Married couple Judge Reinhold and Julia Sweeney host the unkempt Saint Bernard in this fourth go-round of the canine comedy franchise. The pair and their two children are dog-sitting in their pleasant suburban home--made predictably less pleasant by their toilet-water-slurping, steak-stealing guest. Meanwhile, across town, a rich couple and their lonely daughter have their own problems when their identical-looking Saint Bernard, Michelangelo, is kidnapped by their double-crossing butler.
Of course, the switch is inevitable in this Prince and the Pauper with dogs, landing the meat-crazed Beethoven in the vegetarian dog's silk-sheeted bed and vice versa. Many drool jokes later, the dogs return to their rightful homes, the rich couple learns to cavort, and Reinhold and Sweeney learn to love Beethoven's uncouthness. You expected a different ending? This 90-minute sequel provides inoffensive and mildly amusing entertainment for ages 4 to about 12. --Kimberly Heinrichs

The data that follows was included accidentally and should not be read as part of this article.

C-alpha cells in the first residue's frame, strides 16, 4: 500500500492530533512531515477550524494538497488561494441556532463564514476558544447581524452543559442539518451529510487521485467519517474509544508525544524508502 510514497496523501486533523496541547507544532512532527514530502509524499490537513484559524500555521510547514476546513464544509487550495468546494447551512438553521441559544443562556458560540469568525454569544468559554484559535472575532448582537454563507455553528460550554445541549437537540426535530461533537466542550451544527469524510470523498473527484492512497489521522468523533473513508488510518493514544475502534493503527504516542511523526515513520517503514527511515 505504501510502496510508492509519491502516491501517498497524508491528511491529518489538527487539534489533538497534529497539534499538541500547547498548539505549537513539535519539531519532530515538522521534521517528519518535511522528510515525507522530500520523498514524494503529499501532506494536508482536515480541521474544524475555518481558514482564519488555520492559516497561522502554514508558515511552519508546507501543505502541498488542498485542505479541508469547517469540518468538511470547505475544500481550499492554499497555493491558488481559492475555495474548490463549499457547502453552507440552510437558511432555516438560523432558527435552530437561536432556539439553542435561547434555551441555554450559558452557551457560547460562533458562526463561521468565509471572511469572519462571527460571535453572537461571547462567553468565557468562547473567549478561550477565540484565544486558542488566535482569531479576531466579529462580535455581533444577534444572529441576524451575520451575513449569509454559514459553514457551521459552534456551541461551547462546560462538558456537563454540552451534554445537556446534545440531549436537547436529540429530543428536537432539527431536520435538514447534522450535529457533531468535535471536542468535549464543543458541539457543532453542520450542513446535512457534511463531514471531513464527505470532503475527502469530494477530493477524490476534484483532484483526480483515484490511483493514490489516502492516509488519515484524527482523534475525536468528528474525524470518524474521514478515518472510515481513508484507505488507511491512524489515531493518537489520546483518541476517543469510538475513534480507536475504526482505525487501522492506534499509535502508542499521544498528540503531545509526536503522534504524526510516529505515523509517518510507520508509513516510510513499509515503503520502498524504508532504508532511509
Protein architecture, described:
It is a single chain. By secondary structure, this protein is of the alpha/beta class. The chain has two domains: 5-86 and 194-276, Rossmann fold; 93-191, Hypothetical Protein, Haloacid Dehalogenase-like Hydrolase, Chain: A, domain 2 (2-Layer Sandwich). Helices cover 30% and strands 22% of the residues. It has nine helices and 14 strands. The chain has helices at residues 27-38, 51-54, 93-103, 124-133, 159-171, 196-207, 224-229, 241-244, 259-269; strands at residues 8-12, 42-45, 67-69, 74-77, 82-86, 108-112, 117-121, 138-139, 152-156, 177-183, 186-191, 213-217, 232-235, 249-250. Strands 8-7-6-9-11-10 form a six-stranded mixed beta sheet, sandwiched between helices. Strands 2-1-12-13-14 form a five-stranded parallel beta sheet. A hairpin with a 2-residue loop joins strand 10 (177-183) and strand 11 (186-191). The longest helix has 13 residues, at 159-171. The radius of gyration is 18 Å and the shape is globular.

The Newton family is trying valiantly to manage life with the larger-than-life Beethoven, while Richard (Judge Reinhold) has become a work-at-home Dad and Beth (Julia Sweeney) heads back to the office. Richard's work and Beth's new work wardrobe are toast in the presence of the giant paws and non-stop drool of the well-meaning but destructively demonstrative Beethoven, and the kids (Joe Pichler and Michaela Gallo) desperately try to save the day with obedience training. The results are disastrous at first, but seem to miraculously take hold when a mix-up at the park switches Beethoven with his dead-ringer Michelangelo, an overly well-bred show dog from the upwardly-repressed Sedgewick family manor. Chandelier-rattling chaos at the Sedgewick's and a strangely unwelcome quiet at the Newton's create huge problems that only the big-hearted St. Bernhard can lick.